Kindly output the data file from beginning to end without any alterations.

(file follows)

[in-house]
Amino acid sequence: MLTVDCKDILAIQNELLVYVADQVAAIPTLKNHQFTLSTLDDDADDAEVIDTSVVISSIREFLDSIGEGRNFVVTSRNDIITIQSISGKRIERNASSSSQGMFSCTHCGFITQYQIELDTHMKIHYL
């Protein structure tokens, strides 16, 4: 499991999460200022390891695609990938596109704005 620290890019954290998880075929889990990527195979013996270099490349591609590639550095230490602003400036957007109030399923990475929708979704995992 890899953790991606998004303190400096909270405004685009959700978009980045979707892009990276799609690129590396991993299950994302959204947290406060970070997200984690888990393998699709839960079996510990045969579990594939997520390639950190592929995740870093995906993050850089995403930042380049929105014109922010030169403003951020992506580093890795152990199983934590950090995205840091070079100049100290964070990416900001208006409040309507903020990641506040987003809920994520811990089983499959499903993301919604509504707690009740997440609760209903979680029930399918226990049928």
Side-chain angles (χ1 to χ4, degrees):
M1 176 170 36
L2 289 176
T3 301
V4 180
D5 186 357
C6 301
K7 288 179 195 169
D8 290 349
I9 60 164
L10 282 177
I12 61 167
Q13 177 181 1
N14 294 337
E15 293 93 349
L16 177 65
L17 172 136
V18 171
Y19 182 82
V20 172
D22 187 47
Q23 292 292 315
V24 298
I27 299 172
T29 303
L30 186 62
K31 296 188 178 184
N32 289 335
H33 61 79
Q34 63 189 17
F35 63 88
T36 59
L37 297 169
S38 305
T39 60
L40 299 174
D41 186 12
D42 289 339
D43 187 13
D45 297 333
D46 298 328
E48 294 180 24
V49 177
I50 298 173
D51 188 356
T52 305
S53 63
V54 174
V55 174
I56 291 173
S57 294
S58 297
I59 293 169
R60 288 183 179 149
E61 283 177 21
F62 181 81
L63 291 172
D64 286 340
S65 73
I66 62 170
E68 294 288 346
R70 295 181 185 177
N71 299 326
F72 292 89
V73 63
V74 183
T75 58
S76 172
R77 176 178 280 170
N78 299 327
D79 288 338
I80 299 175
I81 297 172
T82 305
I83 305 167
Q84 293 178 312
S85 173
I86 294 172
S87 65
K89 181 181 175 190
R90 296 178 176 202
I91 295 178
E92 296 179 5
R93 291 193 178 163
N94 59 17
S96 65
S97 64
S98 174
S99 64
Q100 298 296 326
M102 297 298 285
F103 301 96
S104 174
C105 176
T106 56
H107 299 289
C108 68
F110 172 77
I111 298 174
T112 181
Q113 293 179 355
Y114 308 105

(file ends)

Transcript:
[in-house]
Amino acid sequence: MLTVDCKDILAIQNELLVYVADQVAAIPTLKNHQFTLSTLDDDADDAEVIDTSVVISSIREFLDSIGEGRNFVVTSRNDIITIQSISGKRIERNASSSSQGMFSCTHCGFITQYQIELDTHMKIHYL
């Protein structure tokens, strides 16, 4: 499991999460200022390891695609990938596109704005 620290890019954290998880075929889990990527195979013996270099490349591609590639550095230490602003400036957007109030399923990475929708979704995992 890899953790991606998004303190400096909270405004685009959700978009980045979707892009990276799609690129590396991993299950994302959204947290406060970070997200984690888990393998699709839960079996510990045969579990594939997520390639950190592929995740870093995906993050850089995403930042380049929105014109922010030169403003951020992506580093890795152990199983934590950090995205840091070079100049100290964070990416900001208006409040309507903020990641506040987003809920994520811990089983499959499903993301919604509504707690009740997440609760209903979680029930399918226990049928």
Side-chain angles (χ1 to χ4, degrees):
M1 176 170 36
L2 289 176
T3 301
V4 180
D5 186 357
C6 301
K7 288 179 195 169
D8 290 349
I9 60 164
L10 282 177
I12 61 167
Q13 177 181 1
N14 294 337
E15 293 93 349
L16 177 65
L17 172 136
V18 171
Y19 182 82
V20 172
D22 187 47
Q23 292 292 315
V24 298
I27 299 172
T29 303
L30 186 62
K31 296 188 178 184
N32 289 335
H33 61 79
Q34 63 189 17
F35 63 88
T36 59
L37 297 169
S38 305
T39 60
L40 299 174
D41 186 12
D42 289 339
D43 187 13
D45 297 333
D46 298 328
E48 294 180 24
V49 177
I50 298 173
D51 188 356
T52 305
S53 63
V54 174
V55 174
I56 291 173
S57 294
S58 297
I59 293 169
R60 288 183 179 149
E61 283 177 21
F62 181 81
L63 291 172
D64 286 340
S65 73
I66 62 170
E68 294 288 346
R70 295 181 185 177
N71 299 326
F72 292 89
V73 63
V74 183
T75 58
S76 172
R77 176 178 280 170
N78 299 327
D79 288 338
I80 299 175
I81 297 172
T82 305
I83 305 167
Q84 293 178 312
S85 173
I86 294 172
S87 65
K89 181 181 175 190
R90 296 178 176 202
I91 295 178
E92 296 179 5
R93 291 193 178 163
N94 59 17
S96 65
S97 64
S98 174
S99 64
Q100 298 296 326
M102 297 298 285
F103 301 96
S104 174
C105 176
T106 56
H107 299 289
C108 68
F110 172 77
I111 298 174
T112 181
Q113 293 179 355
Y114 308 105